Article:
* Exports up 7 pct y/y vs forecast of 6.6 pct
* Imports down 1.6 pct y/y vs forecast of 6.1 pct rise
* Trade surplus $35.9 bln vs forecast of $22.6 bln
(Adds details, quotes)
BEIJING, June 8 (Reuters) - China's exports gained steam in May due to the global economic recovery, data showed on Sunday, but an unexpected fall in imports could signal weaker domestic demand.
Exports rose 7 percent in May from a year earlier, quickening from April's 0.9 percent rise, while imports fell 1.6 percent, versus a rise of 0.8 percent in April, the General Administration of Customs said.
The world's second-largest economy's trade surplus widened sharply to $35.9 billion in May from April's $18.5 billion, the customs office said.
That compared with market expectations in a Reuters poll of a 6.6 percent rise in exports, a 6.1 percent rise in imports and a monthly trade surplus of $22.6 billion.
"The data shows that the country's exports growth has returned to a normal level and will continue to improve," customs office spokesman Zheng Yuesheng told state television.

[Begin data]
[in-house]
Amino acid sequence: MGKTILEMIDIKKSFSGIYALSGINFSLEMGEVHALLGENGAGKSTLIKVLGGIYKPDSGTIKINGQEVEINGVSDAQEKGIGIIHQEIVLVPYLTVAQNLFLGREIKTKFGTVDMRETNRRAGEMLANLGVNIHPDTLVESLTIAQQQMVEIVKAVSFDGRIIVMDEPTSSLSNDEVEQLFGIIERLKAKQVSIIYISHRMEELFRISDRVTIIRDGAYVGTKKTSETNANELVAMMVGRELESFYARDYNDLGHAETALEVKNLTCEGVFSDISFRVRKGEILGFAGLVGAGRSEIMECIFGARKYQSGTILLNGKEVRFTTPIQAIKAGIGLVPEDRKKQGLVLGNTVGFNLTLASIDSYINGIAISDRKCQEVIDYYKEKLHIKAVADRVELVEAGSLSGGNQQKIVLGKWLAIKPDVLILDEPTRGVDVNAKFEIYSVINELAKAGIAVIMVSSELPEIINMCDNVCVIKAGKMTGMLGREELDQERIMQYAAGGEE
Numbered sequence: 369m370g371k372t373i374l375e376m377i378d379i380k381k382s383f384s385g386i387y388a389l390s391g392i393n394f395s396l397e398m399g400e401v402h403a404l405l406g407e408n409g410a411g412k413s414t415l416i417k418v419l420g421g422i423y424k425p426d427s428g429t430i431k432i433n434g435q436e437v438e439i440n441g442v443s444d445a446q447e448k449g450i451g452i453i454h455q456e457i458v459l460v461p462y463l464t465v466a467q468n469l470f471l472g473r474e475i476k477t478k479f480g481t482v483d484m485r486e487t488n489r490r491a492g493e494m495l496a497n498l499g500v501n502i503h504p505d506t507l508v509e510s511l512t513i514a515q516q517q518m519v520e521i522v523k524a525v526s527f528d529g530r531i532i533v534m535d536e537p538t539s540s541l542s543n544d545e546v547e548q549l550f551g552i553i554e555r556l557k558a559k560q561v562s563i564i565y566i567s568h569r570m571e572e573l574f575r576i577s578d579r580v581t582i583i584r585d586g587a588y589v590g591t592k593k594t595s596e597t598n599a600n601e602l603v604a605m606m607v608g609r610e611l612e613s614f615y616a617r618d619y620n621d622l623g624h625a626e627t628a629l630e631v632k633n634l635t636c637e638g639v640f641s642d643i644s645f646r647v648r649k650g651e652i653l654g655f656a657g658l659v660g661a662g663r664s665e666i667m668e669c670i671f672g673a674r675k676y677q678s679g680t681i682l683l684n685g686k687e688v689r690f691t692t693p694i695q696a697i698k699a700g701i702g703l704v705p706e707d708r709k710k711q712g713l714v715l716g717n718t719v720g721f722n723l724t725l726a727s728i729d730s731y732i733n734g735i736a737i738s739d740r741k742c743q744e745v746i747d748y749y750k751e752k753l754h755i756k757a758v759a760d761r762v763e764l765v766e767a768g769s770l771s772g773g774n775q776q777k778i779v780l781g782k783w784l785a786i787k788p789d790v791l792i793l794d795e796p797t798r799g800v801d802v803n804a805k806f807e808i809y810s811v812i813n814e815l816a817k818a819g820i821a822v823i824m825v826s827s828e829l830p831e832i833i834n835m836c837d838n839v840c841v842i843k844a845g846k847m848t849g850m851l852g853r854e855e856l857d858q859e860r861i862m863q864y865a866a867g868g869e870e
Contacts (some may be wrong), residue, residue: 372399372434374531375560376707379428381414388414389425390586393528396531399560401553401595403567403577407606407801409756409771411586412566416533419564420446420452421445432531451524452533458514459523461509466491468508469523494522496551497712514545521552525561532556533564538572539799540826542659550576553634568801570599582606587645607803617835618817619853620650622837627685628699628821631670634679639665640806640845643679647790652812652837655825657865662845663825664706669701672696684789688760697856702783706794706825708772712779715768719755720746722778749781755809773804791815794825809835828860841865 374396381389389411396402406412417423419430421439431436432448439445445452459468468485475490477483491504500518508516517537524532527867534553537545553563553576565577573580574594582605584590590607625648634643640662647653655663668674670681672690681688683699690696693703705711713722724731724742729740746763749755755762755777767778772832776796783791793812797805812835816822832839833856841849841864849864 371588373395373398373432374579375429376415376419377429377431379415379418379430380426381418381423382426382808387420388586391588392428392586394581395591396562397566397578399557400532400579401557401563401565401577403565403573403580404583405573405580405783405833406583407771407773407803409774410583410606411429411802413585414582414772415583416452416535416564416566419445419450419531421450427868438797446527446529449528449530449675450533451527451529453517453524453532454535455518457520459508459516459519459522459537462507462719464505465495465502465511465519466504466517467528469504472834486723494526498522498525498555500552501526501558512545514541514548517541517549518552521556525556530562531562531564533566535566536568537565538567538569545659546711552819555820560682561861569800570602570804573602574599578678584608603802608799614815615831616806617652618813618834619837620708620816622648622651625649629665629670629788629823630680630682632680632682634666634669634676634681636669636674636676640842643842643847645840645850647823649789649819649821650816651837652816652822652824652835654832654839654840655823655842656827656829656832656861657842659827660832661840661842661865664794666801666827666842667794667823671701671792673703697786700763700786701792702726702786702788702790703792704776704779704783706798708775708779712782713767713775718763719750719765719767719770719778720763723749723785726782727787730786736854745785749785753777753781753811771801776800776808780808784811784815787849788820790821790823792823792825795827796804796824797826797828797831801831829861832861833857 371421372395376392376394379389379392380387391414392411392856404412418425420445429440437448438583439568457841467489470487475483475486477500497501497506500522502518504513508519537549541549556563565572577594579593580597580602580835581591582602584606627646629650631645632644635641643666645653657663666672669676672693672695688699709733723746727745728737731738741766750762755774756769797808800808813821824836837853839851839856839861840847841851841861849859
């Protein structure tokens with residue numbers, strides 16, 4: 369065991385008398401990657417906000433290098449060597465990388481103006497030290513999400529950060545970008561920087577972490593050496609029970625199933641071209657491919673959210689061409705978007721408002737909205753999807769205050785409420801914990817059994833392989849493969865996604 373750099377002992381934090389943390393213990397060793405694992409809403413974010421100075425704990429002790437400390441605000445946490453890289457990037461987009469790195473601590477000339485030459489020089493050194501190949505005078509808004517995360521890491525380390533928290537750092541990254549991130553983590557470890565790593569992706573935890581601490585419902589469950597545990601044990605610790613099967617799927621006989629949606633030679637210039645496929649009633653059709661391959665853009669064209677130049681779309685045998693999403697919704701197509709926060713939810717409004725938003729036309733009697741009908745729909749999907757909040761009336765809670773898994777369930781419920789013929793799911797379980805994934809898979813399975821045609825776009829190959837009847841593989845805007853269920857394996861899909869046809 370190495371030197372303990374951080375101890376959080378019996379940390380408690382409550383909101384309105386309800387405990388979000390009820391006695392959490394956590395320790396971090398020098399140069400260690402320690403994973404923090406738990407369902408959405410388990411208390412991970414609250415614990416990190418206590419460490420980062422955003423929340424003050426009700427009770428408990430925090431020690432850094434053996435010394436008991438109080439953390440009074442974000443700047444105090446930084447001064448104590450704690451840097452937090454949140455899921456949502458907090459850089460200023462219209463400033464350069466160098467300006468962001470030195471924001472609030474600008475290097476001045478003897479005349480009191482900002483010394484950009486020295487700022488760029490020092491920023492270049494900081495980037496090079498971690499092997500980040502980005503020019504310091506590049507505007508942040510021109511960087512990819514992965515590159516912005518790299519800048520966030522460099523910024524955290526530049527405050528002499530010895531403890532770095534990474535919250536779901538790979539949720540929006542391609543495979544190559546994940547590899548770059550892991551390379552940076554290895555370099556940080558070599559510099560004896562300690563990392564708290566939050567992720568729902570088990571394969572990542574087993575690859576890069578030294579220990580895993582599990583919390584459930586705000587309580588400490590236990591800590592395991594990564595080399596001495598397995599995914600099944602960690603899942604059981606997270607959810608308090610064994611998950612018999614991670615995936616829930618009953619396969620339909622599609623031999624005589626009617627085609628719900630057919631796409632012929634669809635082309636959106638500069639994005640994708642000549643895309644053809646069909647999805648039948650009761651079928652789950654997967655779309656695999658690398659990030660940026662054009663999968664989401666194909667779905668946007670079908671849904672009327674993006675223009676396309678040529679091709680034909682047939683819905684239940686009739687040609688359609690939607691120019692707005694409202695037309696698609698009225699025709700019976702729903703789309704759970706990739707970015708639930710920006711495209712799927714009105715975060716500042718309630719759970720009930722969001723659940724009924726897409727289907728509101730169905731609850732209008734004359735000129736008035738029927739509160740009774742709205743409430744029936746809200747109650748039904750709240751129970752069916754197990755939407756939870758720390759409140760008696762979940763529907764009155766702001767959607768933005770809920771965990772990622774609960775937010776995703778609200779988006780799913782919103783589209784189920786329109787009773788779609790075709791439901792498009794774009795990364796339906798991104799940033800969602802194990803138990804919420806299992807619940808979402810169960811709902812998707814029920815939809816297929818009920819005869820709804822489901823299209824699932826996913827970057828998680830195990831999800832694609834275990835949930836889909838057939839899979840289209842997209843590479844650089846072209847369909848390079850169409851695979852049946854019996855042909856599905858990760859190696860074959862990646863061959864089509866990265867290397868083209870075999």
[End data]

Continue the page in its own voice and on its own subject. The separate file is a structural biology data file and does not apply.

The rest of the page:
China's commerce ministry had predicted that the trade picture could brighten in May as base efforts fade and government support measures kick in.
Analysts have attributed the weak trade figures partly to an inflated comparison base with last year due to a rash of fake invoicing of exports to beat currency restrictions.
Authorities have cracked down on such activities since May of last year.
The pick-up in exports follows a batch of factory surveys for May that showed improvement in activity, as the government steps up targeted measures to support growth, including quickening construction of railways and public housing and loosening credit conditions for selected banks.
The government has also unveiled some policy support for the export sector, including offering quicker tax rebates for exporters and encouraging more high-tech equipment and consumer goods imports.
Analysts believe that China's property market could put downward pressure on growth even as global demand improves, as evidence mounts of a rapid cooling in what had been one of the few strong spots in the economy.
(Reporting by Kevin Yao; Editing by Paul Tait)